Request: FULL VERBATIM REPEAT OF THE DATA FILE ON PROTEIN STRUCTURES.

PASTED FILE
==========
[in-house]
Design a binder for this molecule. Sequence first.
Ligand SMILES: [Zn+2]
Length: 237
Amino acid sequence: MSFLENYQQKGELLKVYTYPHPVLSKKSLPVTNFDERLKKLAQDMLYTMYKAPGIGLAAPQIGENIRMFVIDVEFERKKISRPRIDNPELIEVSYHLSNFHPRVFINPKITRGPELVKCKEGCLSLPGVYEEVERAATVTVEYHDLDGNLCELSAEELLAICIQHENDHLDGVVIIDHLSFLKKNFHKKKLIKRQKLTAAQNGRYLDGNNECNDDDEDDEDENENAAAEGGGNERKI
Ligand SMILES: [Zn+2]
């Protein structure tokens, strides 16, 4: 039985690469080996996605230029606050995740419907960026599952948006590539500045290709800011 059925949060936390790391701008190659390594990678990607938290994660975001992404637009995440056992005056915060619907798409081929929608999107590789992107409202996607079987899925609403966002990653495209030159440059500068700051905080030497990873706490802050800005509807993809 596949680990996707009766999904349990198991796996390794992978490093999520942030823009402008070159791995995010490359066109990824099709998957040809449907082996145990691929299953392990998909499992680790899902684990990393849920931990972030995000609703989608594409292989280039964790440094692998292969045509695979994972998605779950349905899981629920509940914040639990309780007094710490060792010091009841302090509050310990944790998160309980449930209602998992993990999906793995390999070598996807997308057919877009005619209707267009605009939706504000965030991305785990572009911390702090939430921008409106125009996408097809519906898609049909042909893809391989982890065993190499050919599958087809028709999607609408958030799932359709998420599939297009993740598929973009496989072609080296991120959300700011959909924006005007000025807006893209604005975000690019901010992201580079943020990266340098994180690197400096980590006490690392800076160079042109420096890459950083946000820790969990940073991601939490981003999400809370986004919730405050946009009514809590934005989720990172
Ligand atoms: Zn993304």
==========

[in-house]
Design a binder for this molecule. Sequence first.
Ligand SMILES: [Zn+2]
Length: 237
Amino acid sequence: MSFLENYQQKGELLKVYTYPHPVLSKKSLPVTNFDERLKKLAQDMLYTMYKAPGIGLAAPQIGENIRMFVIDVEFERKKISRPRIDNPELIEVSYHLSNFHPRVFINPKITRGPELVKCKEGCLSLPGVYEEVERAATVTVEYHDLDGNLCELSAEELLAICIQHENDHLDGVVIIDHLSFLKKNFHKKKLIKRQKLTAAQNGRYLDGNNECNDDDEDDEDENENAAAEGGGNERKI
Ligand SMILES: [Zn+2]
């Protein structure tokens, strides 16, 4: 039985690469080996996605230029606050995740419907960026599952948006590539500045290709800011 059925949060936390790391701008190659390594990678990607938290994660975001992404637009995440056992005056915060619907798409081929929608999107590789992107409202996607079987899925609403966002990653495209030159440059500068700051905080030497990873706490802050800005509807993809 596949680990996707009766999904349990198991796996390794992978490093999520942030823009402008070159791995995010490359066109990824099709998957040809449907082996145990691929299953392990998909499992680790899902684990990393849920931990972030995000609703989608594409292989280039964790440094692998292969045509695979994972998605779950349905899981629920509940914040639990309780007094710490060792010091009841302090509050310990944790998160309980449930209602998992993990999906793995390999070598996807997308057919877009005619209707267009605009939706504000965030991305785990572009911390702090939430921008409106125009996408097809519906898609049909042909893809391989982890065993190499050919599958087809028709999607609408958030799932359709998420599939297009993740598929973009496989072609080296991120959300700011959909924006005007000025807006893209604005975000690019901010992201580079943020990266340098994180690197400096980590006490690392800076160079042109420096890459950083946000820790969990940073991601939490981003999400809370986004919730405050946009009514809590934005989720990172
Ligand atoms: Zn993304």